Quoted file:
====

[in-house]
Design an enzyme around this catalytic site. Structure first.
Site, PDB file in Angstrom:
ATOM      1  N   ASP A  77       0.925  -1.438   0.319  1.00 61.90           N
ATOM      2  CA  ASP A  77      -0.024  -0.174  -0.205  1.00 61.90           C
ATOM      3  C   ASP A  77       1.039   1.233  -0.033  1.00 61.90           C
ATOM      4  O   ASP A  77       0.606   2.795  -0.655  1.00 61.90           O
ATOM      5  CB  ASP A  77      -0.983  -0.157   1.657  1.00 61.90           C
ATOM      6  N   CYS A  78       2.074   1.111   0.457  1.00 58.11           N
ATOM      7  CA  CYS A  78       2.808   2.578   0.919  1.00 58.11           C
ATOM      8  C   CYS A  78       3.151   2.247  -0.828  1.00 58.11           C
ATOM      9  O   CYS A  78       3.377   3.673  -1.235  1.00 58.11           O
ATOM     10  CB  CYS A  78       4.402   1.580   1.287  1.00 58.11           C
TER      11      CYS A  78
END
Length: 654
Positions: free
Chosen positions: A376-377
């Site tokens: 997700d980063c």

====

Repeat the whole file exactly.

[in-house]
Design an enzyme around this catalytic site. Structure first.
Site, PDB file in Angstrom:
ATOM      1  N   ASP A  77       0.925  -1.438   0.319  1.00 61.90           N
ATOM      2  CA  ASP A  77      -0.024  -0.174  -0.205  1.00 61.90           C
ATOM      3  C   ASP A  77       1.039   1.233  -0.033  1.00 61.90           C
ATOM      4  O   ASP A  77       0.606   2.795  -0.655  1.00 61.90           O
ATOM      5  CB  ASP A  77      -0.983  -0.157   1.657  1.00 61.90           C
ATOM      6  N   CYS A  78       2.074   1.111   0.457  1.00 58.11           N
ATOM      7  CA  CYS A  78       2.808   2.578   0.919  1.00 58.11           C
ATOM      8  C   CYS A  78       3.151   2.247  -0.828  1.00 58.11           C
ATOM      9  O   CYS A  78       3.377   3.673  -1.235  1.00 58.11           O
ATOM     10  CB  CYS A  78       4.402   1.580   1.287  1.00 58.11           C
TER      11      CYS A  78
END
Length: 654
Positions: free
Chosen positions: A376-377
């Site tokens: 997700d980063c």